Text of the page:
In which a group of graying eternal amateurs discuss their passions, interests and obsessions, among them: movies, art, politics, evolutionary biology, taxes, writing, computers, these kids these days, and lousy educations.

E-Mail Donald
Demographer, recovering sociologist, and arts buff

E-Mail Fenster
College administrator and arts buff

E-Mail Francis
Architectural historian and arts buff

E-Mail Friedrich
Entrepreneur and arts buff
E-Mail Michael
Media flunky and arts buff

We assume it's OK to quote emailers by name.

Try Advanced Search

  1. Seattle Squeeze: New Urban Living
  2. Checking In
  3. Ben Aronson's Representational Abstractions
  4. Rock is ... Forever?
  5. We Need the Arts: A Sob Story
  6. Form Following (Commercial) Function
  7. Two Humorous Items from the Financial Crisis
  8. Ken Auster of the Kute Kaptions
  9. What Might Representational Painters Paint?
  10. In The Times ...

Sasha Castel
AC Douglas
Out of Lascaux
The Ambler
Modern Art Notes
Cranky Professor
Mike Snider on Poetry
Silliman on Poetry
Felix Salmon
Polly Frost
Polly and Ray's Forum
Stumbling Tongue
Brian's Culture Blog
Banana Oil
Scourge of Modernism
Visible Darkness
Thomas Hobbs
Blog Lodge
Leibman Theory
Goliard Dream
Third Level Digression
Here Inside
My Stupid Dog
W.J. Duquette

Politics, Education, and Economics Blogs
Andrew Sullivan
The Corner at National Review
Steve Sailer
Joanne Jacobs
Natalie Solent
A Libertarian Parent in the Countryside
Rational Parenting
Colby Cosh
View from the Right
Pejman Pundit
God of the Machine
One Good Turn
Liberty Log
Daily Pundit
Catallaxy Files
Greatest Jeneration
Glenn Frazier
Jane Galt
Jim Miller
Limbic Nutrition
Innocents Abroad
Chicago Boyz
James Lileks
Cybrarian at Large
Hello Bloggy!
Setting the World to Rights
Travelling Shoes

Redwood Dragon
The Invisible Hand
Daze Reader
Lynn Sislo
The Fat Guy
Jon Walz


Our Last 50 Referrers

« Ray Lowry R.I.P. | Main | AWOL Campaign Issues »

October 17, 2008

A Truly Ugly Car

Donald Pittenger writes:

Dear Blowhards --

Designing safety into automobiles wasn't solely the result of federal government mandates influenced by Ralph Nader's crusade against the Chevrolet Corvair in the 1960s.

One example was the Tucker of 1948. I don't remember what all the supposed safety features were, but it did have a little padding on the panel below the windshield and a large-ish open space directly below it on the front passenger side where, it was said, the passenger could hurl himself prior to an impact.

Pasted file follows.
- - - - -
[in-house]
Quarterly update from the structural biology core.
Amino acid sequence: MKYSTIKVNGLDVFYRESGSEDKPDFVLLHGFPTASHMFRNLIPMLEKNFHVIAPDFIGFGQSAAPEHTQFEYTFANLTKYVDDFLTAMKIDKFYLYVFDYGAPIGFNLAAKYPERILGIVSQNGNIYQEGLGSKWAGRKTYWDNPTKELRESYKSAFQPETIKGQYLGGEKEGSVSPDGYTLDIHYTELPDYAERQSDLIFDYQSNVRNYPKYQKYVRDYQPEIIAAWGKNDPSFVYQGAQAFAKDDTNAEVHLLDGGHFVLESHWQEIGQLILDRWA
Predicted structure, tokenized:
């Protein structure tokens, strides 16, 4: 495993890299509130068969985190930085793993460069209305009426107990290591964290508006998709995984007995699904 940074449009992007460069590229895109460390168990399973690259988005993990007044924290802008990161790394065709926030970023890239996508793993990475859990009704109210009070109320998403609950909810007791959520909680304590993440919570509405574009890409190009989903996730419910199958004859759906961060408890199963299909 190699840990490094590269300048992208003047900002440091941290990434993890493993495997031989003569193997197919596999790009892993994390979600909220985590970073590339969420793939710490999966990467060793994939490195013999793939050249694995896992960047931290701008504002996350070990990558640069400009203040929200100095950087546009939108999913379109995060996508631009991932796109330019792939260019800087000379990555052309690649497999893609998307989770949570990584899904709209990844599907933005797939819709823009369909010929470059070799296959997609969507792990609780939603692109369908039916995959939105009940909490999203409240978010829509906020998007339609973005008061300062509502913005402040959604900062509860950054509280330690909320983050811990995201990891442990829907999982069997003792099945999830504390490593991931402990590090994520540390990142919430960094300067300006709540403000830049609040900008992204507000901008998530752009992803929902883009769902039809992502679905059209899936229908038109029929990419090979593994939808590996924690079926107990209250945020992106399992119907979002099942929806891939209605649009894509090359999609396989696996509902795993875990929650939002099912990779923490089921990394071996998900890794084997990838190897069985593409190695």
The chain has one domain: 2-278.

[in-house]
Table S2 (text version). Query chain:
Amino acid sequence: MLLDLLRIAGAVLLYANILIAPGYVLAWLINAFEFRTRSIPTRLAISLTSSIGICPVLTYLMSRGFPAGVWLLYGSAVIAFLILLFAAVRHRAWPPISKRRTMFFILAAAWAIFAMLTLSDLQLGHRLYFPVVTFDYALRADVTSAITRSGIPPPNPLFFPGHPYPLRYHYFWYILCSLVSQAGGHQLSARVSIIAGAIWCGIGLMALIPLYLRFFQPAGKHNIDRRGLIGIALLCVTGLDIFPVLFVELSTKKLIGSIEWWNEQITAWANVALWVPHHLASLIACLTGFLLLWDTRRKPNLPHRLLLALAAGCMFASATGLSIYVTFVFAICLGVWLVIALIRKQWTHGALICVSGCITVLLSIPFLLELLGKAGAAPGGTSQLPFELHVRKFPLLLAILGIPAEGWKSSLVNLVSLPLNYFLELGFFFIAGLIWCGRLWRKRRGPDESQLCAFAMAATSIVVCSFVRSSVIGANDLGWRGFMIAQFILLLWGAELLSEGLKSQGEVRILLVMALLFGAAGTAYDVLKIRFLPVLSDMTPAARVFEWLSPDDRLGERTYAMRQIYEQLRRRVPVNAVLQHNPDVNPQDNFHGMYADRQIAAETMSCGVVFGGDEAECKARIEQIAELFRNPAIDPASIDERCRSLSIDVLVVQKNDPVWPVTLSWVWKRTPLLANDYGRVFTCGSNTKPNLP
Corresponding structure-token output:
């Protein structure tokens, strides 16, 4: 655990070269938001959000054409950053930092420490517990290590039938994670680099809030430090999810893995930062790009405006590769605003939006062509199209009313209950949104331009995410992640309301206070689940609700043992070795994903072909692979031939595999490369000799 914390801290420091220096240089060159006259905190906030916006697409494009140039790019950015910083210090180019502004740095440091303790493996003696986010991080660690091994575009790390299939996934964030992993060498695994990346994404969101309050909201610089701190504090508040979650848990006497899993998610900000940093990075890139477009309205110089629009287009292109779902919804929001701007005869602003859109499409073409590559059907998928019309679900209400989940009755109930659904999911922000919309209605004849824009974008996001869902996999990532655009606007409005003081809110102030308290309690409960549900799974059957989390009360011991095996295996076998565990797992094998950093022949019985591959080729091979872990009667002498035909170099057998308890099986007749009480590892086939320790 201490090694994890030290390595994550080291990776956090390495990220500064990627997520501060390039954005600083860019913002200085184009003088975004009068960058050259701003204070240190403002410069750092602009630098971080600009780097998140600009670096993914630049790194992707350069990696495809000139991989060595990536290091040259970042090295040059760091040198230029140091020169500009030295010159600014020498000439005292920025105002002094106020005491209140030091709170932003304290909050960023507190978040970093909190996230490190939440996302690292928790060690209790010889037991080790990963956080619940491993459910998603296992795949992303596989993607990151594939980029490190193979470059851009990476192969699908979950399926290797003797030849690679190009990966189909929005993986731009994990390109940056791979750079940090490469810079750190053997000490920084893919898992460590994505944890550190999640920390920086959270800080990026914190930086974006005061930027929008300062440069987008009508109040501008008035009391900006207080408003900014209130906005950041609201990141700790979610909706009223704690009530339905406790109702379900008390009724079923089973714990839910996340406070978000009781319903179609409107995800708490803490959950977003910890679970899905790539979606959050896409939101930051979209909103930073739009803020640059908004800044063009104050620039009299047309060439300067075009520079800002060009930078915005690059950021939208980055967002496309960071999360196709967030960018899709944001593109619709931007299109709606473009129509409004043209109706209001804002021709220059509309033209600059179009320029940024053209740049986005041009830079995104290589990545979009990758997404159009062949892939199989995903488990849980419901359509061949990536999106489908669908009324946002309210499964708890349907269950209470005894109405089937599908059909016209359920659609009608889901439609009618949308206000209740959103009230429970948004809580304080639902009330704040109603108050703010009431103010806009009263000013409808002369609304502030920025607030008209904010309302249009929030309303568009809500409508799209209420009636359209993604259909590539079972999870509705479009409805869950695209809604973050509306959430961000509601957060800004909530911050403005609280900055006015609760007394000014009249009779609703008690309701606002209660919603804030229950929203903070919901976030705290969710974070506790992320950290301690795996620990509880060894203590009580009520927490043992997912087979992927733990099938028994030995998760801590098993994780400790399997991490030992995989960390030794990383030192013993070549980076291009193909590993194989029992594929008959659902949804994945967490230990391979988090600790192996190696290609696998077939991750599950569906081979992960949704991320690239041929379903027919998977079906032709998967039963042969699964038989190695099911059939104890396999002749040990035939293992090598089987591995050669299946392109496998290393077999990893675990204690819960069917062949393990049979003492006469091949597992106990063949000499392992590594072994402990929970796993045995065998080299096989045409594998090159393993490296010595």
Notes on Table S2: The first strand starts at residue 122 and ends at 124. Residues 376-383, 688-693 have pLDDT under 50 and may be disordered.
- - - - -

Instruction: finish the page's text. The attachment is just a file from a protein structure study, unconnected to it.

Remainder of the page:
For the 1956 model year, Ford Motor Company offered a safety package that included lap seat-belts, padded dashboard and a steering wheel with a recessed hub that would be less likely to impale the drive during a frontal collision.

In 1957 my jaw dropped when I opened my copy of Motor Trend and saw photos of a safety car designed by Fr. Alfred Juliano. It was strange, looking like parts of it were going in different directions. For a fairly detailed write-up, click here.

Fr. Alfred Juliano's Aurora safety car - 1957

To me, the oddest feature was the windshield which bulges outward sort of like a sausage balloon. The above photo doesn't show it as clearly as a side view might, but if you look carefully you ought to be able to get a sense of its shape. The probable reason for the strange windshield had to do with frontal collisions. If the people in the front seat have lap belts (lap/shoulder belts such as we are familiar with are not apparent in the photo), their entire bodies won't be flung forward by inertia. Instead, the trunk, arms and head will pivot forward from the hip and the head might well strike a conventional windshield. A drastically convex windshield, on the other hand, is too far to be hit; the driver's chest will be halted by the steering wheel and the passengers head might strike the padded dash. Well, that's the theory as I surmise it. The linked article draws a similar conclusion using different reasoning.

The car never entered production, yet somehow avoided the scrap heap and is now in a museum in England.

I won't categorically claim it's the ugliest car ever built, but it's surely a contender.



posted by Donald at October 17, 2008


Wow. Beats the Edsel all to heck. Did you do a piece yet on the absolutely beautiful cars from earlier days? I have some nominations, a few American, and some European, but only one current model, British, the new Morgan Aero 8 touring coupe. Sexy and classy at the same time.

Posted by: Sam_S on October 18, 2008 8:36 AM

No argument here.

Posted by: Charlton Griffin on October 18, 2008 9:12 AM

Wow, that thing qualifies as a major curiosity, to put it mildly. I like your description: "looking like parts of it were going in different directions." That's nothing if not apt.

Hmm, the effect of safety concerns over the decades on car design ... That's a great topic for someone.

Posted by: Michael Blowhard on October 18, 2008 10:24 AM

And the front end is for scooping up and cradling pedestrians?

Posted by: Chas Clifton on October 19, 2008 10:28 AM

Wow, that really is an ugly car. I usually like cars of that vintage.

Posted by: claire on October 19, 2008 5:34 PM

Post a comment

Email Address:



Remember your info?